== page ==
Age of Discovery: Navigating the Risks and Rewards of Our New Renaissance – Goldin and Kutarna

2016, St. Martin’s Press, 304 pages

Back Blurb

Two award-winning Oxford scholars redefine the present day as a new Renaissance–a rare moment of flourishing genius and risk that promises to reshape all our lives. Da Vinci, Columbus, Copernicus, Luther, Gutenberg. These names recall an era in which an unprecedented rush of discovery and disruption broke through long-standing barriers and broke down equally long-standing powers. This rush entangled the whole world politically, economically and intellectually, and reshaped society. Now, the same forces that converged 500 years ago to spark genius and upend social order–great leaps in science, trade, migration, technology, education and health–are once again present, only stronger and more widespread.

In Age of Discovery, Ian Goldin and Chris Kutarna show how we can draw courage and wisdom from the last Renaissance in order to fashion our own golden age out of this New Renaissance. Whether we’re seized by Gutenberg or Zuckerberg; the discovery of the Americas or the rise of China; copperplate or silicon etching; the Bonfire of the Vanities or the rise of ISIS; the spread of syphilis or the Ebola pandemic–a Renaissance moment dares humanity to give its best just when the stakes are highest.

Age of Discovery navigates the crises of our time and helps us all define a legacy that the world will still remember half a millennium from now.

Author Blurbs

Ian Goldin is a Professor of Globalization and Director of the Oxford Martin School at the University of Oxford. He was Vice President of the World Bank, Chief Executive of the Development Bank of Southern Africa and an adviser to President Nelson Mandela.

Chris Kutarna is a Fellow at the Oxford Martin School and an expert on international politics and economics. He was a strategy consultant at the Boston Consulting Group and continues to advise senior executives in Asia, North America and Europe.

The New Renaissance

The first thing that caught my eye wasn’t the Goldin and Kutarna’s exciting thesis that we live in a New Renaissance, but rather, that a book from two Oxford academics would eschew the Oxford comma. This I noticed in the author blurb (see author blurb on Kutarana above): “He was a strategy consultant at the Boston Consulting Group and continues to advise senior executives in Asia, North America and Europe.” Notice no Oxford comma between “North America and Europe.” But if you look at the text inside the book, sometimes the hallowed Oxford comma is there, and sometimes not!–for example, page 129 reads:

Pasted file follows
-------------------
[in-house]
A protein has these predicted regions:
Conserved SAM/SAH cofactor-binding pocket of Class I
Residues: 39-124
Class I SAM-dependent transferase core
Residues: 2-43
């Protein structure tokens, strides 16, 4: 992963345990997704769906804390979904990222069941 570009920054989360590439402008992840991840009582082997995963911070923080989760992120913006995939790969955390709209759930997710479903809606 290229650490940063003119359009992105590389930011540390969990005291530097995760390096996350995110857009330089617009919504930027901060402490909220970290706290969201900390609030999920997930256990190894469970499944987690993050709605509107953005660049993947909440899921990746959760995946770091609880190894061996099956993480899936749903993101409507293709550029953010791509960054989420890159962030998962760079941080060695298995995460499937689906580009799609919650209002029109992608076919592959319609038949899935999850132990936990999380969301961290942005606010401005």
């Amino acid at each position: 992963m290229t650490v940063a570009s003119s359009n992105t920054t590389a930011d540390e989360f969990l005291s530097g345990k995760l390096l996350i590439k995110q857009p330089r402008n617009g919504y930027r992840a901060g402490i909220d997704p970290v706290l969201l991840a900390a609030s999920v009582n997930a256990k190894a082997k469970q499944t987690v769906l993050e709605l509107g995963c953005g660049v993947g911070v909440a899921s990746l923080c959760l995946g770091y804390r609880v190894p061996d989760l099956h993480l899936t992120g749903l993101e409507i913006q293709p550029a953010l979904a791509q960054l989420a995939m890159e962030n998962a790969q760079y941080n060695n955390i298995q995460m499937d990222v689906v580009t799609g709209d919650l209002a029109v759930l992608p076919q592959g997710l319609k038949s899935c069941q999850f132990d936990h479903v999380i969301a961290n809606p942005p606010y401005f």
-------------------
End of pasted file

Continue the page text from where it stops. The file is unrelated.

Entrepreneurs have made a synthetic version with processes borrowed from the semiconductor industry, and as they tweak it, “gecko tape” will find uses in defense (all-terrain robots), manufacturing (replacing many screws, rivets and glues), and even athletics (fumble-free gloves for American football players).

In this passage, notice no Oxford comma between “rivets and glues” but an Oxford comma is there between “defense, and even athletics.” And then there is also a new device of what I guess can be called the “Oxford semicolon” to separate a list of items. This from page 166:

Chapter Two touched on how the same infrastructure, networks and investments that connect us also make it easier to coordinate crime and violence; disseminate hate; train up would-up hackers, fraudsters and bombers; and trade every illicit good from drugs to fake IDs to child slaves.

So there is a semicolon separating “bombers; and trade every illicit good.” But now compare this passage with the book blurb (printed in its entirety above):

Whether we’re seized by Gutenberg or Zuckerberg; the discovery of the Americas or the rise of China; copperplate or silicon etching; the Bonfire of the Vanities or the rise of ISIS; the spread of syphilis or the Ebola pandemic–a Renaissance moment dares humanity to give its best just when the stakes are highest.

Notice no “Oxford semicolon” separating “syphilis or the Ebola pandemic.” And then, going back to the Oxford comma, notice in the quote from page 166 (above) that there is no Oxford comma between “networks and investments.”

So it appears that the writer of the author blurbs and the book blurb (who doesn’t use the Oxford comma and the so-called “Oxford semicolon”) must be different than the book writers, who do use the Oxford comma and the so-called “Oxford semicolon.” But then again, inside the text of the book itself, sometimes you find the Oxford comma and sometimes you don’t. Is this because the book has two writers, Goldin and Kutarna? That’s one possibility. But the problem with that hypothesis is that even in the same passage (for example the passage quoted from page 129) it’s inconsistent. This inconsistency I found rather interesting and almost added to the pleasure of reading the book.

Great Quotes!

Chapter 9 kicks off with a great quote that’s traditionally attributed to Michelangelo:

If people knew how hard I had to work to gain my mastery, it would not seem so wonderful at all.

Hard to resist a chuckle on reading that. I don’t know enough about Michelangelo to conjecture whether he would have said that, but I do know that painting the ceiling of the Sistine chapel was a debilitating exercise for him. I’d like to believe he said that, as it shows that he had a sense of humour.

For everyone wondering whether we live in an age of unprecedented manufactured risks, here’s a powerful quote from page 4:

Scientists alive today outnumber all scientists who ever lived up to 1980.